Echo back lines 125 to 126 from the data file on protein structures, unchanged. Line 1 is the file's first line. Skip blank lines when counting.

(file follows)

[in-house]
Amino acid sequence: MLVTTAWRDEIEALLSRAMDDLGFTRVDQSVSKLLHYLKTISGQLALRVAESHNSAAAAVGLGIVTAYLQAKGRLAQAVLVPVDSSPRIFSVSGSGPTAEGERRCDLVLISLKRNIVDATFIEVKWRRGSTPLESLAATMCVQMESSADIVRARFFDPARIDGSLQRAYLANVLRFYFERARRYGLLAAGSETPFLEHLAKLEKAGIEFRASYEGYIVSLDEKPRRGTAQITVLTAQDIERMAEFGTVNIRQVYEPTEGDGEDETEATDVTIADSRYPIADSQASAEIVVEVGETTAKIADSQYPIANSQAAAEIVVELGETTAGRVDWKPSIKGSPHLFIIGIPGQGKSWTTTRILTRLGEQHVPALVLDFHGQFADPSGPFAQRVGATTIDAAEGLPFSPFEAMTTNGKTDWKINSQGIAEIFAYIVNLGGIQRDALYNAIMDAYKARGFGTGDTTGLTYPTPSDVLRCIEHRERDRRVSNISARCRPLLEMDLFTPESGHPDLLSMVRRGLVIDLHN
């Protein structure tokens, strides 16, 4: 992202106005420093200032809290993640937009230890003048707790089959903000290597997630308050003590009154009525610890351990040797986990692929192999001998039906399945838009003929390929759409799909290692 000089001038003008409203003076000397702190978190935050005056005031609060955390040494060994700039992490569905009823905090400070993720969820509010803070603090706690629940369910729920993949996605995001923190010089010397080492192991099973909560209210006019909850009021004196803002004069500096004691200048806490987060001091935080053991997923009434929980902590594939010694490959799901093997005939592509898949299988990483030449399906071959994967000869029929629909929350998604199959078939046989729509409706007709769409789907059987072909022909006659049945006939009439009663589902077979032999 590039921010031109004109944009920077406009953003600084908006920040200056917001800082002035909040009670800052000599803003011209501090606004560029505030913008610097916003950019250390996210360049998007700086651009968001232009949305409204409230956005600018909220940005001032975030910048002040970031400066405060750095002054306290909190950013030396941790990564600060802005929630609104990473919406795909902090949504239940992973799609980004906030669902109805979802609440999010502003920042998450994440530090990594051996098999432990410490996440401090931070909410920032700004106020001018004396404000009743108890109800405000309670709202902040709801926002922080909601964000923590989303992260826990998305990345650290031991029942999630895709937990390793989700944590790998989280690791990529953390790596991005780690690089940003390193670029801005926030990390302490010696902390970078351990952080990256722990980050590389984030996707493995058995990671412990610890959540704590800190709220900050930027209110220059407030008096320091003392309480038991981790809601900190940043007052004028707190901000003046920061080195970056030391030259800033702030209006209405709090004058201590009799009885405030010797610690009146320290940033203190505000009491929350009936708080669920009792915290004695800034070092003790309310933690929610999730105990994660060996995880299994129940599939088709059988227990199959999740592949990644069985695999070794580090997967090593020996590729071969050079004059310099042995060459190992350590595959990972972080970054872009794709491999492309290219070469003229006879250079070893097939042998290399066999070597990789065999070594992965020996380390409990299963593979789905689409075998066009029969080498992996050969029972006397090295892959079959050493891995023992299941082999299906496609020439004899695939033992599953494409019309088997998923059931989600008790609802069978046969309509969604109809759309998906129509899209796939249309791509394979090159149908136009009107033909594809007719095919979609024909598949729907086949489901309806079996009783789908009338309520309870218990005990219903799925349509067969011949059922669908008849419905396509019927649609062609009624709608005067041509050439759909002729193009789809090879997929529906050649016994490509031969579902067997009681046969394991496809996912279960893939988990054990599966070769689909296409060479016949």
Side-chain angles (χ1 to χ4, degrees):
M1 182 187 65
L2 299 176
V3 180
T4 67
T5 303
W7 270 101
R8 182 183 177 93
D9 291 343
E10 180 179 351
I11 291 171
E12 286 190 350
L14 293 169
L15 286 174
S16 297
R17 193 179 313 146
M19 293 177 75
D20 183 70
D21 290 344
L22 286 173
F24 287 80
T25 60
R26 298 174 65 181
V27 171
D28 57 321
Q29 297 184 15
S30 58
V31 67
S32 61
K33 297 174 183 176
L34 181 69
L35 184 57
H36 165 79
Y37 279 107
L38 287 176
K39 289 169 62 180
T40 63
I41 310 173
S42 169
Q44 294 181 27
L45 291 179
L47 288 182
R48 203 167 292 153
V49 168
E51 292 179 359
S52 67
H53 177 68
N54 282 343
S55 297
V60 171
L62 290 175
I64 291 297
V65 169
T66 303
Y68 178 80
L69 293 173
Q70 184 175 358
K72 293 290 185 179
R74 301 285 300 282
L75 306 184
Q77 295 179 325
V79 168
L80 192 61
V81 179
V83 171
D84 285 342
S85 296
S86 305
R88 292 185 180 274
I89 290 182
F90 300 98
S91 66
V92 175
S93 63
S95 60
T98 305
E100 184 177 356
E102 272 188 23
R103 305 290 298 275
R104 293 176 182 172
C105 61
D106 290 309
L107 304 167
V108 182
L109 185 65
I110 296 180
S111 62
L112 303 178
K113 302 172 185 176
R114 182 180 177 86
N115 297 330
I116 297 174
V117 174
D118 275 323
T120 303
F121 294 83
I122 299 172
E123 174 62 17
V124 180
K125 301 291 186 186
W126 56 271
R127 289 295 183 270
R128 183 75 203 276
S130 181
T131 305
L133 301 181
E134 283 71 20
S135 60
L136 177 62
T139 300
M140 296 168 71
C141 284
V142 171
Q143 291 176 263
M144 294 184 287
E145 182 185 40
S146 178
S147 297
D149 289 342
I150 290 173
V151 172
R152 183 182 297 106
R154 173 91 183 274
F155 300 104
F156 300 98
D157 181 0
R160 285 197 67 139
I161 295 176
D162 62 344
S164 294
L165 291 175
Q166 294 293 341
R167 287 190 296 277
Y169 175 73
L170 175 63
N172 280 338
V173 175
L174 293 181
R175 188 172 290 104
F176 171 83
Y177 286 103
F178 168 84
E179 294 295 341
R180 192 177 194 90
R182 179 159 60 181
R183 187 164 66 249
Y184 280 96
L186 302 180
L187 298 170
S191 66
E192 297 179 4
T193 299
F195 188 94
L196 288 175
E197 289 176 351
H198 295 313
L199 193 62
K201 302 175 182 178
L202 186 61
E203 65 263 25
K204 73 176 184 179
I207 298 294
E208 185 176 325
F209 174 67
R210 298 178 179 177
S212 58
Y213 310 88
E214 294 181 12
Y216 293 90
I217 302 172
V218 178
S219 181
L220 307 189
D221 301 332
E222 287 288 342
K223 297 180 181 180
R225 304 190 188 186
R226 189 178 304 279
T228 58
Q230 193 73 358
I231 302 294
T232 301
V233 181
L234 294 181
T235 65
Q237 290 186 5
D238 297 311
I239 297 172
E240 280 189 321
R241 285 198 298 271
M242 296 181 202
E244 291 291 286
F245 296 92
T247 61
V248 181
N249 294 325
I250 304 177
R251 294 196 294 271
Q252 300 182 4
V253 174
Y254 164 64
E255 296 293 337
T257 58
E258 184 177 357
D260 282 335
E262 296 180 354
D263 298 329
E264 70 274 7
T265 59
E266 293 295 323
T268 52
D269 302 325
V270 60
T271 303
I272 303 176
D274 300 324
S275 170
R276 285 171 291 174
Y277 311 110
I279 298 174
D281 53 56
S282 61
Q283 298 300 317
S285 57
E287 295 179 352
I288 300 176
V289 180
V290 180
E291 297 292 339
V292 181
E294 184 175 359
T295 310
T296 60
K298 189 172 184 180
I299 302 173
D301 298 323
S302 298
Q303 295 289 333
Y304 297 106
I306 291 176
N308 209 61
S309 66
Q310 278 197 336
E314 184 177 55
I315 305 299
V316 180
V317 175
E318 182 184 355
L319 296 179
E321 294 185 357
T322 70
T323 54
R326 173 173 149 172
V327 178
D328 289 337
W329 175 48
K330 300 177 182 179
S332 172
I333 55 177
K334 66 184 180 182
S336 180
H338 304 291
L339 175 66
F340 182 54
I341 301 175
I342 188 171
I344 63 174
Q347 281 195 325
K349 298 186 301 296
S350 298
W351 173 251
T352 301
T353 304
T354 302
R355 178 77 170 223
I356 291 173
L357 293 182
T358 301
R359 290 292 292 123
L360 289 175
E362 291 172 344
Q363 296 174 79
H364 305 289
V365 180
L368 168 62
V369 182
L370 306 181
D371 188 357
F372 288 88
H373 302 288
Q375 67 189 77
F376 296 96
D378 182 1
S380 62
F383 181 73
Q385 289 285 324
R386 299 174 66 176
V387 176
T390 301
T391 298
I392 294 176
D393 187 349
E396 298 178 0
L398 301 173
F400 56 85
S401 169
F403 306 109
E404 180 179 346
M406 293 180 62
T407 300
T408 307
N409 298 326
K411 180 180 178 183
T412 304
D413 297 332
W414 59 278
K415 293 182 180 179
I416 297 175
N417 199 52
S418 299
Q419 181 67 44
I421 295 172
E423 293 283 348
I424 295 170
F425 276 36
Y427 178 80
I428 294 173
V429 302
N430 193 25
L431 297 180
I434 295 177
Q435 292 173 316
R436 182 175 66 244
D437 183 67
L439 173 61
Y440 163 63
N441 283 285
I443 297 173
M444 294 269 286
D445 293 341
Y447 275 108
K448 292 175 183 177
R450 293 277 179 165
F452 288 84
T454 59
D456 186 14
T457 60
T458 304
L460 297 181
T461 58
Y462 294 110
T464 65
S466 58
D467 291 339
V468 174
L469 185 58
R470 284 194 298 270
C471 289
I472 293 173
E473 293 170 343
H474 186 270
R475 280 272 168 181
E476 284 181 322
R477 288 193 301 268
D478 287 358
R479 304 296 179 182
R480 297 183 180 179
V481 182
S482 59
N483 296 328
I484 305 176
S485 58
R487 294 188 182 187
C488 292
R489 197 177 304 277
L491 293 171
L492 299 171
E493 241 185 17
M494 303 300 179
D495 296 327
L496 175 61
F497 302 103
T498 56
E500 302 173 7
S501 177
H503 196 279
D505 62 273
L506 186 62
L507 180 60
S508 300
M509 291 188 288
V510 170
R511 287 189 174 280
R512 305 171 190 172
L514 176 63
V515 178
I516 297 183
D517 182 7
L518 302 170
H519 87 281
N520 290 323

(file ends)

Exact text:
R152 183 182 297 106
R154 173 91 183 274